I forget the name of the place; I forget the name of the girl; but the wine was Chambertin” – Hillaire Belloc
Tasting Grand Cru Chambertin next to other wines is like seeing a film featuring Anouk Aimée after an all-day marathon of Friends. It has such a different affect on the senses it makes you wonder whether all winemakers are using the same key ingredients of grapes, soil, sky and cellar.
The last time I tasted 2008 and 2009 Grand Cru Domaine Rossignol-Trapet they were in an embryonic En Primeur state in London; now the wines had formed a clear personality. Rossignol-Trapet’s Gevrey-Chambertin villages red was a go-to wine for me for a couple of years, so it was a thrill to meet Nicholas at the Domaine.
Nicholas is a quiet man and speaks through opening the wine, which in turn, speaks through the soil: the fact is, only someone who has a deep, intimate connection to the land can explain the particular cool western winds down the slopes of Latriciéres-Chambertin and you can actually feel it before you in the glass.
I could tell you how Rossignol-Trapet moved to biodynamic winemaking in 1997, or that he was one of the first biodynamic winemakers in Gevrey-Chambertin, or that his family have long associations with the area dating back to the 16th century.
But that would be talking too much. The wine speaks for itself. However, when pressed to tell us more about biodynamic winemaking, he replied elegantly, “It is preservation for the future. It teaches us to be preventative, observe more, and be closer to the plants.”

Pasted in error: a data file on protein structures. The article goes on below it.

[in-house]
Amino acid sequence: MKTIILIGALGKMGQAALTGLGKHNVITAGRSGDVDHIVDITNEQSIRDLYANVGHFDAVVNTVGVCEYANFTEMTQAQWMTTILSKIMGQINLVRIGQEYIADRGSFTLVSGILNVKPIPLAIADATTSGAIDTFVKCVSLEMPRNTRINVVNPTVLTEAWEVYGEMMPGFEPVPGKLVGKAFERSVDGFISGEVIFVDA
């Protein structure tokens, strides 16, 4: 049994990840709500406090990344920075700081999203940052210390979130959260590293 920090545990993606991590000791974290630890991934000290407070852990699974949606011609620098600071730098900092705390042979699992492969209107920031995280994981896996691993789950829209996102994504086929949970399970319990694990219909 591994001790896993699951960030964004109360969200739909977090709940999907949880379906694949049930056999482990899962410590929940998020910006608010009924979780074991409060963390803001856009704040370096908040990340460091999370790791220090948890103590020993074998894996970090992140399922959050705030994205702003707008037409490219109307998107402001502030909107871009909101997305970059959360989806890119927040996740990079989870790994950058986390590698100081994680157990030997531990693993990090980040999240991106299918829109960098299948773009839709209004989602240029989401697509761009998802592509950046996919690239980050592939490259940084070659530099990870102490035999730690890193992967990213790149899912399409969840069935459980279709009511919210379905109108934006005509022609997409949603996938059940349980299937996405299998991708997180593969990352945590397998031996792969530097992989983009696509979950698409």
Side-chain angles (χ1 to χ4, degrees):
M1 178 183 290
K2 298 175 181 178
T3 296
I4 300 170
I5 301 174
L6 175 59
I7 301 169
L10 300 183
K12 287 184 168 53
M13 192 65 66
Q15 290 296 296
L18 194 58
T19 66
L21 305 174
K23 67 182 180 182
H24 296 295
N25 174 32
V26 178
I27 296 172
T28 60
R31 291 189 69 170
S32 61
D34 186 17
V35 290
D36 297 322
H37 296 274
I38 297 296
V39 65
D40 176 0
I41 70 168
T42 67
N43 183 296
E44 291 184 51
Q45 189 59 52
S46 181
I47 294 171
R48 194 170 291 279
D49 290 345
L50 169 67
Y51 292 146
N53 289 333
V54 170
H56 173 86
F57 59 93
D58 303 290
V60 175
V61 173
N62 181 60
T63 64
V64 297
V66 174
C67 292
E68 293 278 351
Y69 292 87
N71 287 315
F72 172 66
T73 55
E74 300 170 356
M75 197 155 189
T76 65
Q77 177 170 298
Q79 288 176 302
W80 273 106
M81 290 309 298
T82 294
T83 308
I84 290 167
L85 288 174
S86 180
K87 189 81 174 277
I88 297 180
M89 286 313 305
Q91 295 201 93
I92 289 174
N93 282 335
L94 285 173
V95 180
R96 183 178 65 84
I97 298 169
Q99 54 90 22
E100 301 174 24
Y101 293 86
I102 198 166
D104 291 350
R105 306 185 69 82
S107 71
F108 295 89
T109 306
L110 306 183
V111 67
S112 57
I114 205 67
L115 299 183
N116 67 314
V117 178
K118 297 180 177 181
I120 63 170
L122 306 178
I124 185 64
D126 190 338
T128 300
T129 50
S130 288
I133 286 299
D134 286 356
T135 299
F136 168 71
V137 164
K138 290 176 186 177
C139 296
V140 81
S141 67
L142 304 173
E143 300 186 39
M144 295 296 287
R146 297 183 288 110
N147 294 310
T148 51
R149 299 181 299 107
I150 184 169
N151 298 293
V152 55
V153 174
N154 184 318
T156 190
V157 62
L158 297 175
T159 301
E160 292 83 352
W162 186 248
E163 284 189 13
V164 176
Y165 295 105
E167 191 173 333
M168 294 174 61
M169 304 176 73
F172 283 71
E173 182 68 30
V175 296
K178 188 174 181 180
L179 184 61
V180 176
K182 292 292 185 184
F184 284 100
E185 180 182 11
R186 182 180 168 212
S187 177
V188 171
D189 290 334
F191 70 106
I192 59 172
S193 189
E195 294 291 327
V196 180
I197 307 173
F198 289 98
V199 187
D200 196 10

Gevrey-Chambertin is often described as fuller-bodied and meatier than other appellations in the Bourgogne, but the Grand Cru are, in my opinion, where the obvious tasting notes drop away, and only blue skies from a hillside remain.
Grand Cru Chambertin
The 09 Le Chambertin Grand Cru is beautiful but still closed. Smoky, tobacco, excellent tannins, very pale ruby throughout, not as open yet – needs another 15 years.
The 2009 Chapelle-Chambertin Grand Cru is more powerful and full-bodied with great fruit density.
My intensely favourite wine was 2009 Latricieres-Chambertin Grand Cru. Again, tender, soft wines with no fining, very silky rose, tea and cinnamon with layers of forest floor after rain, leather and bruised overripe strawberries. My notes say, and admittedly, not too originally when talking about Burgundy, but it has to be said because it is my honest response: “Ethereal.” It belongs in that small group of wines that have the same affect as seeing something so beautiful it involuntarily brings tears to the eyes.
This was the last tasting in Burgundy before heading for the Eurostar; the effect lasted all the way back to London. But that’s Grand Cru Chambertin for you. Nothing else remains.
Thanks to Bureau Interprofessionnel des Vins de Bourgogne for making this visit possible.
Do you love Italian wine? Why not visit my other website, Vinissima – for all the news and tastings in London.